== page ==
He simply arrived at their airfield, a little shy to begin with but then hunger drove him to bravely enter the accommodation of Australian Flying Corps, 4 Squadron. He was small, his clothes had too many holes to keep out the winter chill and he didn’t speak a word of English. It was Christmas Day 1918 and although their Christmas lunch may have not been as fulfilling as if they had been at home with their own families, it was still a pretty good feast. It was Christmas and they could not turn this waif away. He ate hungrily and showed no desire to leave the warmth of the accommodation space or the company of these strange men in khaki with slouched hats. Fortunately, some Australian aircrew had enough high school French to gradually encourage the boy to tell his story.

His name was Henri Heremene or Maememe. His father had been killed in action with the French Army and his mother was killed in a German bombardment. He wasn’t sure how old he was or when his birthday could be or if he had any relatives because his village had been destroyed and survivors had evacuated without him. He had just wandered ever since, attaching himself to a couple of British army units and had even been wounded in the knee near Ypres.
What to do with this orphan? The men could not send him back out into the snow to survive as best he could. It was decided to let Henri stay until further thought could be given his welfare. He was given a medical examination and it was calculated that he could be as old as eleven and they decided his birthday should be set as 25 December 1918. Henri was an engaging boy, who responded enthusiastically to any attention or encouragement. He helped wherever he could and showed a great interest in the work of the AFC maintainers and mechanics. Henri’s attempts to teach the Australians how to skate where not always successful but he was even happy to clear away dead rats in the cart they made especially for him.

Henri’s attempts to teach aircrew how to skate were never as successful as his collecting dead rats.

He was fascinated by the Australian aircraft and watched as they thundered down the airfield and lifted into the air. AFC 4 Squadron suffered the highest casualty rate of all WWI Australian squadrons but the presence of a small orphan boy lifted spirits.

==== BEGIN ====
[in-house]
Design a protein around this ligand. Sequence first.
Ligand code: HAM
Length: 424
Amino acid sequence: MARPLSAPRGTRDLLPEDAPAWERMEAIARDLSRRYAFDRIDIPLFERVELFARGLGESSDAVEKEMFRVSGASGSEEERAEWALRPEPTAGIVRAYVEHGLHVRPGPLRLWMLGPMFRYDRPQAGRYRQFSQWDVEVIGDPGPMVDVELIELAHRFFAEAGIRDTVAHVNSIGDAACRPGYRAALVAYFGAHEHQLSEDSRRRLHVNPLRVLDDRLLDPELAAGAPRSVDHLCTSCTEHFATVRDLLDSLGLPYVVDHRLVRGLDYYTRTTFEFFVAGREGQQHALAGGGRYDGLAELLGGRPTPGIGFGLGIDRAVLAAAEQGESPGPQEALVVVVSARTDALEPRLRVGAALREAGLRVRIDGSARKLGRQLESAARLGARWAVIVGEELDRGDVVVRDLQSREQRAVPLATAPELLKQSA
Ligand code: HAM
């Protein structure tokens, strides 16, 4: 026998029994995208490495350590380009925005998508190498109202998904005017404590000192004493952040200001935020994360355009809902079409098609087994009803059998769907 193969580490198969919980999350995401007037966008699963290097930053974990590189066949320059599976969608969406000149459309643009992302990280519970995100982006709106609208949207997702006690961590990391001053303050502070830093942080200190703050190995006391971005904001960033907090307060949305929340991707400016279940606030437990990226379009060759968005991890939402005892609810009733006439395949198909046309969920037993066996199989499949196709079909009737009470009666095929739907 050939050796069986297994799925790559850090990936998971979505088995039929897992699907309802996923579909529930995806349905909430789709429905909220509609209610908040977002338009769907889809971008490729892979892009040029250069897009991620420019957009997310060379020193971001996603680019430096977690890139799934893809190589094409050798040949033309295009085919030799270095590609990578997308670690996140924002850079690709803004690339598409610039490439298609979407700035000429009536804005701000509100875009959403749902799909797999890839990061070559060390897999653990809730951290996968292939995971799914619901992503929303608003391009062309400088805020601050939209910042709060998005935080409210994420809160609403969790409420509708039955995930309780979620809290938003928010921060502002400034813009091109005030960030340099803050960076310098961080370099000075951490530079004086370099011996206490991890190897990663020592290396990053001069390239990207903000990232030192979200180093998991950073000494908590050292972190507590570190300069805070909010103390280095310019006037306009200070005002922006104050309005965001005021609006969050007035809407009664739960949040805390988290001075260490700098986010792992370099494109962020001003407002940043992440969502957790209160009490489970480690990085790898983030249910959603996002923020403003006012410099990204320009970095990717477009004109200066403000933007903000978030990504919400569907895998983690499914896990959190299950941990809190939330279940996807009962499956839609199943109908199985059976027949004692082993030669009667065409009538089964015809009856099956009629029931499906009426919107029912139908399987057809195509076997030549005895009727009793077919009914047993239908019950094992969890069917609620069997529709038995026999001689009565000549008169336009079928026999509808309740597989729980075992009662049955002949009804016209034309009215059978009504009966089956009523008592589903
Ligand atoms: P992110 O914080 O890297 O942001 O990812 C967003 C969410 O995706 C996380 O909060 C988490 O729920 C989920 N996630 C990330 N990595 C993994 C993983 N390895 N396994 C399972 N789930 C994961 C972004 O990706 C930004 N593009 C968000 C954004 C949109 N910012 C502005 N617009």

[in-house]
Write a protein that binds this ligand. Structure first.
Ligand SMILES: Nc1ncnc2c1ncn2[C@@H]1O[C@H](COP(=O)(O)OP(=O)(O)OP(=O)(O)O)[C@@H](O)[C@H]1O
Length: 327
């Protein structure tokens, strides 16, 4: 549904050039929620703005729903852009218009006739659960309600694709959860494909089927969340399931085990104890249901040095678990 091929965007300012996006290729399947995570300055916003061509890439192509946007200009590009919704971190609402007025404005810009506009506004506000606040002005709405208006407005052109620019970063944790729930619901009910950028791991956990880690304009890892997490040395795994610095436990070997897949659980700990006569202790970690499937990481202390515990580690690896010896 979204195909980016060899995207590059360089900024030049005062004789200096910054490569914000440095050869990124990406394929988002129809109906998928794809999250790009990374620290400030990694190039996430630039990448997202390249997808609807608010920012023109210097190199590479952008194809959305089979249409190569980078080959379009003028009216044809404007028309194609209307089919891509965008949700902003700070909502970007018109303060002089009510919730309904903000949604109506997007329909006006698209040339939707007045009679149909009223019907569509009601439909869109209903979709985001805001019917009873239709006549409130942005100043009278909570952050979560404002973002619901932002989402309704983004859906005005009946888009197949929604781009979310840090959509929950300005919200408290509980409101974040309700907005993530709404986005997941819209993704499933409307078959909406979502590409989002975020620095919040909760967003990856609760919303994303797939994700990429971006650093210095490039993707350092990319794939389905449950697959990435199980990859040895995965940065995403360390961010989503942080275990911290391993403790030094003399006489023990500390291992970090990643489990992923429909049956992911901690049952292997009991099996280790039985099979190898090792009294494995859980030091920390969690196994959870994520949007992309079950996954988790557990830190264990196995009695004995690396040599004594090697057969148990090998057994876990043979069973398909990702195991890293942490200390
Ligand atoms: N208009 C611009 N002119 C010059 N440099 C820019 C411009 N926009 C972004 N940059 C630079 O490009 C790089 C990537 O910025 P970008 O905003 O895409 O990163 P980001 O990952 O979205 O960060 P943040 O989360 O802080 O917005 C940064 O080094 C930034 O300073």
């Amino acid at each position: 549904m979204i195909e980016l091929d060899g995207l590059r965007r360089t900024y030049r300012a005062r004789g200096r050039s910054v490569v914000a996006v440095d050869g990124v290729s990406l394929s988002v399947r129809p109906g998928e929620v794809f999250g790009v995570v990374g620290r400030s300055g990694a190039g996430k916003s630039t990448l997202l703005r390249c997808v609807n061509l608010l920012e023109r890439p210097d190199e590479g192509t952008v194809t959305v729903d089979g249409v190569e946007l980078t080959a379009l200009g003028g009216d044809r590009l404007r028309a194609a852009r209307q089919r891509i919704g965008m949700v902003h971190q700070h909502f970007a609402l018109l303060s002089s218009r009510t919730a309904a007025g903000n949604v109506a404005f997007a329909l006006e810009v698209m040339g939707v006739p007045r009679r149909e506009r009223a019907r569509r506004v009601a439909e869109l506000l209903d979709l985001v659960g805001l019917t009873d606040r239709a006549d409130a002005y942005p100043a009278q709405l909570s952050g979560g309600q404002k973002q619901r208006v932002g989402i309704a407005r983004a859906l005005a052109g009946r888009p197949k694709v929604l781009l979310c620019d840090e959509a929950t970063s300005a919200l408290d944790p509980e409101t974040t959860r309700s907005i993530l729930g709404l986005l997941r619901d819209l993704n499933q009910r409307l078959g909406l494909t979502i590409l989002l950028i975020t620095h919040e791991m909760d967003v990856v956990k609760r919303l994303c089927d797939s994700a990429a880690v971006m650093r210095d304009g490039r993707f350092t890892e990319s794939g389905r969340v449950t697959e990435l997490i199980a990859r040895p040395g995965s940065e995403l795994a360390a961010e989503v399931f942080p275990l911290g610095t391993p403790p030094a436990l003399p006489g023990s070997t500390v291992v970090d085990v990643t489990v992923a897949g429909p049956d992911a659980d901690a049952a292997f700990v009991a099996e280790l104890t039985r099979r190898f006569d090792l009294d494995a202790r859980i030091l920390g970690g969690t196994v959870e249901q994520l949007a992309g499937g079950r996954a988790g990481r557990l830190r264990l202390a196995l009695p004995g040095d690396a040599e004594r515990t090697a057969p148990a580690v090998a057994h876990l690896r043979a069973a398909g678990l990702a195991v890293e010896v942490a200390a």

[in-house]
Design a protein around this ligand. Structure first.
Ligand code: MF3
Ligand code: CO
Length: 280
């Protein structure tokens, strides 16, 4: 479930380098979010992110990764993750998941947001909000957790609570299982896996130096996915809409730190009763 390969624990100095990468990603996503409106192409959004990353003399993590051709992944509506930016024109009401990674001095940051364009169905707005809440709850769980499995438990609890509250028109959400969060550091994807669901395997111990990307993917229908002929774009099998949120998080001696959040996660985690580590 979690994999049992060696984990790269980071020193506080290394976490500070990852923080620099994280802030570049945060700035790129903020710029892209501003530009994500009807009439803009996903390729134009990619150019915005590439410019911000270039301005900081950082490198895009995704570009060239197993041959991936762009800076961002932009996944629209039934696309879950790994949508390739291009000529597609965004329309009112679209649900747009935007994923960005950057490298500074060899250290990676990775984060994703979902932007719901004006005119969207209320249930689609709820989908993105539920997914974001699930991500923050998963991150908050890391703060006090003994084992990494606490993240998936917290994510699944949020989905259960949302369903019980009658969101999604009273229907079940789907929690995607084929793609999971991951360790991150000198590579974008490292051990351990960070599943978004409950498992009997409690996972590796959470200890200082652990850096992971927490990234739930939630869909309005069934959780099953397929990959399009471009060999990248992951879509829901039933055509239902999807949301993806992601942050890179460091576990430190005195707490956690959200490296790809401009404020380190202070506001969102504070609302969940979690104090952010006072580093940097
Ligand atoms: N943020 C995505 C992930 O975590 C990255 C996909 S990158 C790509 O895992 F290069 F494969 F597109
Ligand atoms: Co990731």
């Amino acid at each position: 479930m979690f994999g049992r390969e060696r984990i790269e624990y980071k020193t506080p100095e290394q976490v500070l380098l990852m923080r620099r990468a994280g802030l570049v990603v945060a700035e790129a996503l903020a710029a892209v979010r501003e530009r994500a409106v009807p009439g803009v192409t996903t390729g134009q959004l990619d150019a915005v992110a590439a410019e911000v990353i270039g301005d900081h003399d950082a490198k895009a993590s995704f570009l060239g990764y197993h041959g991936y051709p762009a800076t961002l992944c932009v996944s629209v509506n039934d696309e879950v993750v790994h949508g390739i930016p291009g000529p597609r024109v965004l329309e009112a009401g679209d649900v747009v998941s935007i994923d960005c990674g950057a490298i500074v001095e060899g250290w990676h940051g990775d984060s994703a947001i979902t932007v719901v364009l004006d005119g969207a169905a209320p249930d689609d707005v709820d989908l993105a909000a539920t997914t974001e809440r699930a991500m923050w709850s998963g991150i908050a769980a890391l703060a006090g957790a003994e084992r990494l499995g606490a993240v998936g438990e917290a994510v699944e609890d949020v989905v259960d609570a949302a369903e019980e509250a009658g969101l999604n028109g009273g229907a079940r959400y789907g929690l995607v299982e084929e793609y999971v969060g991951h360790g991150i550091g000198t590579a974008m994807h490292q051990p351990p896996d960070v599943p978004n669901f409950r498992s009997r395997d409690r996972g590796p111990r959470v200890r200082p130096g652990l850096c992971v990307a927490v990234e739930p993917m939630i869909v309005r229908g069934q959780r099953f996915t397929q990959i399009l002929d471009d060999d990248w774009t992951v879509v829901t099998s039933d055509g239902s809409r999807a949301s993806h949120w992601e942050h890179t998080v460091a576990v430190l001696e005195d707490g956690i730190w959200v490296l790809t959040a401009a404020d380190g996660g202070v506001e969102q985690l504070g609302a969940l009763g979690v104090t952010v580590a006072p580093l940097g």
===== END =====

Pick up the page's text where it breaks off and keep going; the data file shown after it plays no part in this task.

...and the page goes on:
Squadron hierarchy decided Henri’s presence was good for morale. A special ‘Aussie’ uniform was made for him, and he was named the ‘Mascot’ of AFC 4 Squadron. Under the care of the men, he grew stronger and more confident. Unfortunately, the English he picked up was not exactly the most appropriate, thanks to the constant Australian expletives he heard watching the men work.

With the German surrender the Australian Flying Corps was slowly withdrawn first to England so airmen could be transported home onboard the Kaiser-I-Hind in May 1919. The boy called Henri Heremene now known as ‘Digger’ was again facing a dilemma. They argued that he could not simply be deserted. Two of the 4 Squadron air mechanics were brothers, Private (Pte) Edward John ‘Ted’ Tovell and Pte Timothy William ‘Tim’ Tovell. It was decided ‘Tim’ would ‘adopt’ Henri.

The airmen made a special sack to smuggle Henri onto transports back to England, with the Tovell brothers.

The same subterfuge saw ‘Digger’ smuggled onboard the ship in a sporting equipment hamper. Henri’s presence was only revealed when the ship was three days on the high seas. The captain had little choice but to allow the stowaway to remain, particularly as there were a large number of war seasoned AFC airmen who would allow no other decision. Special permission was granted for Henri to land in Sydney. The Tovell brothers were Queenslanders and it so happened that also travelling in Kaiser-I-Hind was the Queensland Premier. It took little convincing for him to circumvent other authorities and arrange for Henri to travel home with the Tovell brothers. He told a reporter that: ‘the Aussies have been very kind to me all through and I never want to leave their country’.

Tim Tovell and his wife adopted Henri. They raised him as their own along with their other children in Brisbane. He attended St Mary’s Church of England School at Kangaroo Point and then apprenticed as a fitter and turner. On reaching the age of 18, Henri moved to Melbourne in 1928 to join the Royal Australian Air Force (RAAF) as a mechanic as his adopted father had served with the AFC.

Henri Tovell with his brother and sisters.

On 23 May 1928 tragedy struck when the motorcycle Henri was riding collided with a taxi. Henry Heremene ‘Digger’ Tovell died the following day and was buried in Fawkner Cemetery. The boy and his story had attracted much attention from an Australian public struggling with the WWI legacy of grief. Donations paid for an elaborate tombstone to mark the grave of the little ‘Digger’.